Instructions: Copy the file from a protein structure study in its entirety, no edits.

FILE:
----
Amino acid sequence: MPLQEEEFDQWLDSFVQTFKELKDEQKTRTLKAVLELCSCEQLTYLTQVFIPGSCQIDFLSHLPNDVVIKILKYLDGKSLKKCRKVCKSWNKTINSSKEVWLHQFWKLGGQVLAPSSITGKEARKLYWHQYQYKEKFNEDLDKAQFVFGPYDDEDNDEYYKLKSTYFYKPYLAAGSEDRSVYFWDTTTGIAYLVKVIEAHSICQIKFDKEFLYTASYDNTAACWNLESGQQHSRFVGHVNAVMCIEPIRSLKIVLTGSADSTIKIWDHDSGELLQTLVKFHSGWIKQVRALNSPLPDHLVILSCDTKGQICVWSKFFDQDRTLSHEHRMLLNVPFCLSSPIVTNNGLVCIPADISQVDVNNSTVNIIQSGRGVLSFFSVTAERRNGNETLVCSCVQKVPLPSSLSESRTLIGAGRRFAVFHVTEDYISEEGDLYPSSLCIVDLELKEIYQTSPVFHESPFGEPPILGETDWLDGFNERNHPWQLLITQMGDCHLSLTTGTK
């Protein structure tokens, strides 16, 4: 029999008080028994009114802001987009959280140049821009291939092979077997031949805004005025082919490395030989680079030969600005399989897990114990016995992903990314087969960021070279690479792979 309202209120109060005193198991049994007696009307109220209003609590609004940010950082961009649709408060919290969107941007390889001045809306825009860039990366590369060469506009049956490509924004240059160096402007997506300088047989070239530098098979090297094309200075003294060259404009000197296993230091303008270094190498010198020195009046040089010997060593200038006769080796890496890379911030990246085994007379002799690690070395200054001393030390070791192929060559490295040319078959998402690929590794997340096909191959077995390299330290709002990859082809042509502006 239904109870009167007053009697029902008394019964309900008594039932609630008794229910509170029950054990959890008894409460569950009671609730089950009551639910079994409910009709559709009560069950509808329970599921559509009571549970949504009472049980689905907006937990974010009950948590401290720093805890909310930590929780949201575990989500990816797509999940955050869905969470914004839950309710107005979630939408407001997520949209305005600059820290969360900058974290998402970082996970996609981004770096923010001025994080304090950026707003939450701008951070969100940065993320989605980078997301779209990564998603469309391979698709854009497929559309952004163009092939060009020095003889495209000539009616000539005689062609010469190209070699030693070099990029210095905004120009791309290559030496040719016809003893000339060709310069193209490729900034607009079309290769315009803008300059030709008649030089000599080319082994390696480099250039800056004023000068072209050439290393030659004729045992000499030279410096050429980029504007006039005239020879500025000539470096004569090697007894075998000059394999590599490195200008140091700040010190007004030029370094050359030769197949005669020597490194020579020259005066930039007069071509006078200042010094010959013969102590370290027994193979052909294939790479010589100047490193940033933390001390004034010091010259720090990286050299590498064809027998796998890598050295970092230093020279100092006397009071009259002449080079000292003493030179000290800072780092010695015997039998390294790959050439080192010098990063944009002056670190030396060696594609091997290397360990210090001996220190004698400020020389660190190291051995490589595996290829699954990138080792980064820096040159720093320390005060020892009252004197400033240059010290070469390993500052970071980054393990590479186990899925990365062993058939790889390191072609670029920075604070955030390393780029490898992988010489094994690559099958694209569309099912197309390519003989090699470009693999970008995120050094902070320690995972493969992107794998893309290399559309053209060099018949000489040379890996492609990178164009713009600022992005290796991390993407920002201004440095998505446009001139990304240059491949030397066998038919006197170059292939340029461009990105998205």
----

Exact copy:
Amino acid sequence: MPLQEEEFDQWLDSFVQTFKELKDEQKTRTLKAVLELCSCEQLTYLTQVFIPGSCQIDFLSHLPNDVVIKILKYLDGKSLKKCRKVCKSWNKTINSSKEVWLHQFWKLGGQVLAPSSITGKEARKLYWHQYQYKEKFNEDLDKAQFVFGPYDDEDNDEYYKLKSTYFYKPYLAAGSEDRSVYFWDTTTGIAYLVKVIEAHSICQIKFDKEFLYTASYDNTAACWNLESGQQHSRFVGHVNAVMCIEPIRSLKIVLTGSADSTIKIWDHDSGELLQTLVKFHSGWIKQVRALNSPLPDHLVILSCDTKGQICVWSKFFDQDRTLSHEHRMLLNVPFCLSSPIVTNNGLVCIPADISQVDVNNSTVNIIQSGRGVLSFFSVTAERRNGNETLVCSCVQKVPLPSSLSESRTLIGAGRRFAVFHVTEDYISEEGDLYPSSLCIVDLELKEIYQTSPVFHESPFGEPPILGETDWLDGFNERNHPWQLLITQMGDCHLSLTTGTK
């Protein structure tokens, strides 16, 4: 029999008080028994009114802001987009959280140049821009291939092979077997031949805004005025082919490395030989680079030969600005399989897990114990016995992903990314087969960021070279690479792979 309202209120109060005193198991049994007696009307109220209003609590609004940010950082961009649709408060919290969107941007390889001045809306825009860039990366590369060469506009049956490509924004240059160096402007997506300088047989070239530098098979090297094309200075003294060259404009000197296993230091303008270094190498010198020195009046040089010997060593200038006769080796890496890379911030990246085994007379002799690690070395200054001393030390070791192929060559490295040319078959998402690929590794997340096909191959077995390299330290709002990859082809042509502006 239904109870009167007053009697029902008394019964309900008594039932609630008794229910509170029950054990959890008894409460569950009671609730089950009551639910079994409910009709559709009560069950509808329970599921559509009571549970949504009472049980689905907006937990974010009950948590401290720093805890909310930590929780949201575990989500990816797509999940955050869905969470914004839950309710107005979630939408407001997520949209305005600059820290969360900058974290998402970082996970996609981004770096923010001025994080304090950026707003939450701008951070969100940065993320989605980078997301779209990564998603469309391979698709854009497929559309952004163009092939060009020095003889495209000539009616000539005689062609010469190209070699030693070099990029210095905004120009791309290559030496040719016809003893000339060709310069193209490729900034607009079309290769315009803008300059030709008649030089000599080319082994390696480099250039800056004023000068072209050439290393030659004729045992000499030279410096050429980029504007006039005239020879500025000539470096004569090697007894075998000059394999590599490195200008140091700040010190007004030029370094050359030769197949005669020597490194020579020259005066930039007069071509006078200042010094010959013969102590370290027994193979052909294939790479010589100047490193940033933390001390004034010091010259720090990286050299590498064809027998796998890598050295970092230093020279100092006397009071009259002449080079000292003493030179000290800072780092010695015997039998390294790959050439080192010098990063944009002056670190030396060696594609091997290397360990210090001996220190004698400020020389660190190291051995490589595996290829699954990138080792980064820096040159720093320390005060020892009252004197400033240059010290070469390993500052970071980054393990590479186990899925990365062993058939790889390191072609670029920075604070955030390393780029490898992988010489094994690559099958694209569309099912197309390519003989090699470009693999970008995120050094902070320690995972493969992107794998893309290399559309053209060099018949000489040379890996492609990178164009713009600022992005290796991390993407920002201004440095998505446009001139990304240059491949030397066998038919006197170059292939340029461009990105998205």